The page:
Behind the scenes in Washington in recent weeks there has been played out a little drama and among historians, in and out of government, over what many in both groups consider a crisis in the editing and production by the State Department of raw material essential to their work: the volumes known as The Foreign Relations of the United States.
This is the series of fat books that first appeared in 1861. Nobody questions that they have made a unique American contribution to history, especially so in the 20th century. What has been at issue is the integrity of the printed word in struggle over introduction of new technology induced by inflation in book-publishing costs.
All rather dreary bureaucratic infighting that has gone on would hardly be worth writing about except that it relates to some very fascinating matters. The forthcoming volumes for 1955-57, in part the center of the recent commotion, will detail two major American foreign policy crises: the Suez canal nationalization and subsequent Mideast war and the concomitant Hungarian rebellion against Soviet control of that nation. The 1952-54 volumes, also now in the works, include the nationalization of oil in Iran by Mohammed Mossadegh and the subsequent restoration to his throne of the shah with the aid of the Central Intelligence Agency.
All those events have their touchy aspects today that mean a constant internal government struggle over declassification of sensitive struggle, however, has been added a battle over how much of the story, that is how many printed pages of it, will appear.
Behind the passing glance at foreign affairs that appears everyday in the year lies a mass of secret cables, decision papers, memoranda of conversations and of telephone calls, and so forth. Only with use of such material can the history fashion the story of any given period.
The volumes on foreign relations are the responsibility of the Office of the Historian in the State Department. David S. Trask, former history department chairman at Stony Brook in New York, became the historian in 1976, a time of soaring printing costs. Furthermore, compilation of the books had been falling further and further behind the general rule that volumes should appear no more than 20 years after the events described. The lag now is around 27 or 28 years and there are a lot of impatient historians around the United States.
Historians did accept Trask's establishment of the policy of publishing triennium volumes, the first ones of which will cover 1952-54 and 1955-57 as one way of catching up. But Trask set off a storm by also proposing to slash the number of printed pages for each year and to supplement them with a system known as microfiche. Microfiche - fiche is French for card - is a 4-by-6 inch microfilm card on which the equivalent of many printed pages can be miniaturized and then blown up for reading in a machine similar to those used for reading microfilm rolls.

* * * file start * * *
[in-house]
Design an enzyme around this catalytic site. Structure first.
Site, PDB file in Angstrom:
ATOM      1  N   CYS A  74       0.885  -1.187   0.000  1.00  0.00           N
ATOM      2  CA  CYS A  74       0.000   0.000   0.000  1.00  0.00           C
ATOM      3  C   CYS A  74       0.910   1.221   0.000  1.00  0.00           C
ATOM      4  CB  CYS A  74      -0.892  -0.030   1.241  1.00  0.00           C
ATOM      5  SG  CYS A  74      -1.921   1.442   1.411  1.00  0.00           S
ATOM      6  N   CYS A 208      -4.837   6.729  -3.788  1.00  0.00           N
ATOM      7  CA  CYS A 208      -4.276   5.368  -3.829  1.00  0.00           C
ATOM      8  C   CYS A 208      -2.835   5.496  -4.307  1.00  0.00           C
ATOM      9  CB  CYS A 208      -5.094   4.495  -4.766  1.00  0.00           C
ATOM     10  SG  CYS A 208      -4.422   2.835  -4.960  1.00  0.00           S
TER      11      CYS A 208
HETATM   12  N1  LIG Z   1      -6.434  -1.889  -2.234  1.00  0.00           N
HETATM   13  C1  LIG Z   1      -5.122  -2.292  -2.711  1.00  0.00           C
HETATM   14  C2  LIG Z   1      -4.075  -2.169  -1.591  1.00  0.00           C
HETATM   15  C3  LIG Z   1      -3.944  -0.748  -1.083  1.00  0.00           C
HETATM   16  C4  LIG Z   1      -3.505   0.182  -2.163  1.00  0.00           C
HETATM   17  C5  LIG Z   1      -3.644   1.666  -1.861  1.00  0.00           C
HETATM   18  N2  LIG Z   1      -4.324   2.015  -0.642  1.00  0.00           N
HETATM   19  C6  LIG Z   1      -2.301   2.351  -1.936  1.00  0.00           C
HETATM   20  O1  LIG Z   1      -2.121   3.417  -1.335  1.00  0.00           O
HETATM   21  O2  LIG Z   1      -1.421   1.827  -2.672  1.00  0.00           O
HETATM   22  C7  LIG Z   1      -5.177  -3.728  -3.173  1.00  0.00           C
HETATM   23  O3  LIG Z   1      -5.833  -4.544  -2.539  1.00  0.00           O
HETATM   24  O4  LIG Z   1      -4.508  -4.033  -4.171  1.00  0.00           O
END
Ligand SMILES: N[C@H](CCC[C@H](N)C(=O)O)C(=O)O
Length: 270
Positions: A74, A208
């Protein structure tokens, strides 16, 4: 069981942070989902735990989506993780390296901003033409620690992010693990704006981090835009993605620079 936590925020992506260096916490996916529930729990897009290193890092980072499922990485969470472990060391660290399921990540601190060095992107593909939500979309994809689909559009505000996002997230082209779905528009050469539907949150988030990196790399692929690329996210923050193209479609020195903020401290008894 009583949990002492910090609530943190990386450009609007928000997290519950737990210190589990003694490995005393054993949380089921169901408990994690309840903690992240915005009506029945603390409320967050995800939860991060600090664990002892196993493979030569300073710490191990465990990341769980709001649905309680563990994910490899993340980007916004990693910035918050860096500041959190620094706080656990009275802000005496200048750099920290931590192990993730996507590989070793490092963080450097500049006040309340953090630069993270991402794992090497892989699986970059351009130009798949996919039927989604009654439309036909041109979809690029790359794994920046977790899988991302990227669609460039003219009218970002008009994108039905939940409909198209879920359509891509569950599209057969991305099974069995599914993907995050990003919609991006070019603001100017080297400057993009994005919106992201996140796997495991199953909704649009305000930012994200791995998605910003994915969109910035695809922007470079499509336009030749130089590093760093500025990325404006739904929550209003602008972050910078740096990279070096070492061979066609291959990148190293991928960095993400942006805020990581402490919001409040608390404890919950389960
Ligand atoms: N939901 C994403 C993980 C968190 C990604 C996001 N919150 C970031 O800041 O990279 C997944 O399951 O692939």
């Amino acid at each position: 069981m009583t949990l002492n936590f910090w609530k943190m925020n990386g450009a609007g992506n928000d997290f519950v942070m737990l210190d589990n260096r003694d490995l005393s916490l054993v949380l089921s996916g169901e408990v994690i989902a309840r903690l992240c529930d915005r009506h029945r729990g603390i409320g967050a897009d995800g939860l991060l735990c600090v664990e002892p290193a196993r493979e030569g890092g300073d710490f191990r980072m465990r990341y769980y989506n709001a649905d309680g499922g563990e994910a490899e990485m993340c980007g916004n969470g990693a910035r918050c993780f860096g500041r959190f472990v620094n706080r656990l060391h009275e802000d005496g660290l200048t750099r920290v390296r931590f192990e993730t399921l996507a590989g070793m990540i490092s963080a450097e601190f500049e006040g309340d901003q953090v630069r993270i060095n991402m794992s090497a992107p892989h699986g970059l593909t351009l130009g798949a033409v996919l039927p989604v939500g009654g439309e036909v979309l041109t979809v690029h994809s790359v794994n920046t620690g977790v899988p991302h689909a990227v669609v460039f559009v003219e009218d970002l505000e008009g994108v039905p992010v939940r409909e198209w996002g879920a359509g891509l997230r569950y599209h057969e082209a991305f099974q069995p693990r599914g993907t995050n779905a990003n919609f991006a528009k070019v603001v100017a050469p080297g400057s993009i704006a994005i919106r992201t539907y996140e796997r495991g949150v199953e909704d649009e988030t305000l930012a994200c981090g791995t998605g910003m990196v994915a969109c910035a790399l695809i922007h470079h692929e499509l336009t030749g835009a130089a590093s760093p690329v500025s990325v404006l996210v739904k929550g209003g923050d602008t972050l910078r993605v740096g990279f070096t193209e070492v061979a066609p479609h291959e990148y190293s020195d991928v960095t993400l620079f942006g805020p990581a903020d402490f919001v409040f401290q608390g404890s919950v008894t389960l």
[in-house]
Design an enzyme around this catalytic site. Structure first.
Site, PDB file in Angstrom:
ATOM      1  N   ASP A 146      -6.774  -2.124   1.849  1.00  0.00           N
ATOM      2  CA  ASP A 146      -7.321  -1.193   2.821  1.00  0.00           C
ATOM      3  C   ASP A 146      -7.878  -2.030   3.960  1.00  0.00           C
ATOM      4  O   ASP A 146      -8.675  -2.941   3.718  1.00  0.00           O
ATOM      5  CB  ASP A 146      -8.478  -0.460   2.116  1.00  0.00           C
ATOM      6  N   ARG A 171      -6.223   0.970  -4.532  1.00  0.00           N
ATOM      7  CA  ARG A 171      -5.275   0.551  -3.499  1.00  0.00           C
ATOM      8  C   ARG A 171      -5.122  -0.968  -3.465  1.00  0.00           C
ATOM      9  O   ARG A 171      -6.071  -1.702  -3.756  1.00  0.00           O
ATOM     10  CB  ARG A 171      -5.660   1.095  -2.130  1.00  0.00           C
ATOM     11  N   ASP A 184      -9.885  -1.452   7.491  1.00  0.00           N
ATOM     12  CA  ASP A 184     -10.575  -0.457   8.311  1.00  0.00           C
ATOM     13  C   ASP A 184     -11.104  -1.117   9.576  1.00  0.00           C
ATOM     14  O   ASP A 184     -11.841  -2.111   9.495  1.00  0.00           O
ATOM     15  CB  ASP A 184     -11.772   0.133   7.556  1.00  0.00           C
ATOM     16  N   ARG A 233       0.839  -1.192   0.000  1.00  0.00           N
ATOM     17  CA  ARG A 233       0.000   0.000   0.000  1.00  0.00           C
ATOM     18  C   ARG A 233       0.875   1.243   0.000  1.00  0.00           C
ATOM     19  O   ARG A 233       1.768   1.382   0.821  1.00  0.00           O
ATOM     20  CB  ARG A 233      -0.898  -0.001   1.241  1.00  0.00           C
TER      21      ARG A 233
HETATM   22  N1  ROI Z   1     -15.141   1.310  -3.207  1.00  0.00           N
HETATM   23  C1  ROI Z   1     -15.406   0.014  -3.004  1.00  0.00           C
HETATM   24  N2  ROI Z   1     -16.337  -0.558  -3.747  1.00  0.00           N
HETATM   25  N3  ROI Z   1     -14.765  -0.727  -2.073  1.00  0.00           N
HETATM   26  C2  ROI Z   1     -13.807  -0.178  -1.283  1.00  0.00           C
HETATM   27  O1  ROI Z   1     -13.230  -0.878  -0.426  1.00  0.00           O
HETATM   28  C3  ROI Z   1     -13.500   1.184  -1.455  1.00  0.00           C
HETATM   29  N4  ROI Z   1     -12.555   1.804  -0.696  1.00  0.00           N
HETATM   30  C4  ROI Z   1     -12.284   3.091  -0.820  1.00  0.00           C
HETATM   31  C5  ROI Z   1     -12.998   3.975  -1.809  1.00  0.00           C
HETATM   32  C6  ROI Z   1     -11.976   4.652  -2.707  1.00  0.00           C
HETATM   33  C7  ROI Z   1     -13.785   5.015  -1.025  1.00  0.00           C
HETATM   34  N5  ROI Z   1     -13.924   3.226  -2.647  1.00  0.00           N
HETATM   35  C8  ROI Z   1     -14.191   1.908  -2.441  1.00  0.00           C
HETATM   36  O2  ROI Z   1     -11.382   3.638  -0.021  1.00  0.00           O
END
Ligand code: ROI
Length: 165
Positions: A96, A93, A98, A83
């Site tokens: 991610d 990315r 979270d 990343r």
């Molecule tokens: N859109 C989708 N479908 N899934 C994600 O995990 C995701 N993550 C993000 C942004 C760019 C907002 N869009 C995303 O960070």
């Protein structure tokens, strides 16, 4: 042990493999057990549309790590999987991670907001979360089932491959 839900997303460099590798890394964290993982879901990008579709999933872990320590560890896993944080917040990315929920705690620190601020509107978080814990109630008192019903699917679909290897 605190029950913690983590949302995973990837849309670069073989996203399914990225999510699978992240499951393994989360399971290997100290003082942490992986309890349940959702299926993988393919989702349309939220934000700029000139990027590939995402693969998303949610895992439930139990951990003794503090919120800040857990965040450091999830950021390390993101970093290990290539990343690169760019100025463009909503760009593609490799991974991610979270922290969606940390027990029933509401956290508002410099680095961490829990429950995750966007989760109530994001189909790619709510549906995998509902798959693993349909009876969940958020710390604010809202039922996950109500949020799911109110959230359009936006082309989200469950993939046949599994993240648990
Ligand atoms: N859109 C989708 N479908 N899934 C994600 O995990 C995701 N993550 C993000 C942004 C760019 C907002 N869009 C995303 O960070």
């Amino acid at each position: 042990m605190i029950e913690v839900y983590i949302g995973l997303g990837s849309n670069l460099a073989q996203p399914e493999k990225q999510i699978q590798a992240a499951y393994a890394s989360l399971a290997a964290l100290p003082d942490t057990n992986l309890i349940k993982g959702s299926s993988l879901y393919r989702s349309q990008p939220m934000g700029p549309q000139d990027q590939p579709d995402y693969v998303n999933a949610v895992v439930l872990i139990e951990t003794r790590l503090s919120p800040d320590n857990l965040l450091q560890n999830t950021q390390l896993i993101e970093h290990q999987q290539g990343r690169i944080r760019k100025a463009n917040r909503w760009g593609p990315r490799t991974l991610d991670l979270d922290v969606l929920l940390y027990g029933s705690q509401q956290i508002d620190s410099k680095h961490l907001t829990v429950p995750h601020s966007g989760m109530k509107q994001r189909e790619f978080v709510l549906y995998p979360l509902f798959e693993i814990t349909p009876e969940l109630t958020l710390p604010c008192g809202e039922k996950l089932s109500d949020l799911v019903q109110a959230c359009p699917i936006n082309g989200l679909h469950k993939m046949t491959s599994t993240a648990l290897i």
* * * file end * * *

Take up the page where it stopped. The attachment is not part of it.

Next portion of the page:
Now to a historian there seems to be something almost sacred about the printed page; microfiche seems a poor substitute and not only because it is eye-wearying to use to any extent. So a row developed when Trask let his office's outside advisory committee know he proposed to cut to half or less the per-year printed pages and, he explains, to compensate as much as tenfold with equivalent pages on microfiche.
Historians, among them Lloyd C. Gardner of Rutgers, the advisory committee chairman, and Robert M. Blum of the University of Texas, went into action. Blum had had an important role in the Senate Foreign Relations Committee's beginning to publish its own historical volumes and he knew how to bring pressure on bureaucrats. The upshot was language in the conference report on the State Department's, authorization this year requiring Trask to "consult fully" with both scholars and appropriate House and Senate committees before making any policy changes. The original Senate version had called for "not less than two-thirds of the number of pages" printed for 1947-49 but the conferees relaxed that mandate.
For decades these volumes were produced at the Government Printing Office from documents duly selected, connotated and footnoted by the State Department's in-house historians, currently a staff of about 37 men and women. But printing costs have skyrocketed until Trask says it now costs about $60 per page for production entirely done at the GPO. However, the State Department now is equipped, with the cold type process, to do all the work except the actual printing at GPO, a total cost of around $25 a page. Thus for 12 volumes of 12,000 to 15,000 words each, the overall cost could be brought down from about $900,000 to around $375,000. The cost of microfiche, however, is only a fragment of that; 2,400 cards can be produced for a mere $384 to cover many the equivalent of 15,000 printed pages, although there would be one-time costs for new machines at both State and for historians and libraries using such cards.
The other day the issue finally came to a head at an advisory committee meeting with Trask. To the protestors' delight, Trask told the group that State now was prepared to publish 20,000 pages instead of 15,000 for the triennium volumes. Trask and the protestors disagree as to how this came about but pressure clearly paid off. What will happen to the microfiche scheme has been left for future decision.
Of course it is ridiculous as well as impossible to print all historical documents. The issue is how much is enough, and in what form. Now that a compromise, at least, has been struck the historians, hopefully, can stop quarreling and get on with producing this vital raw material of history.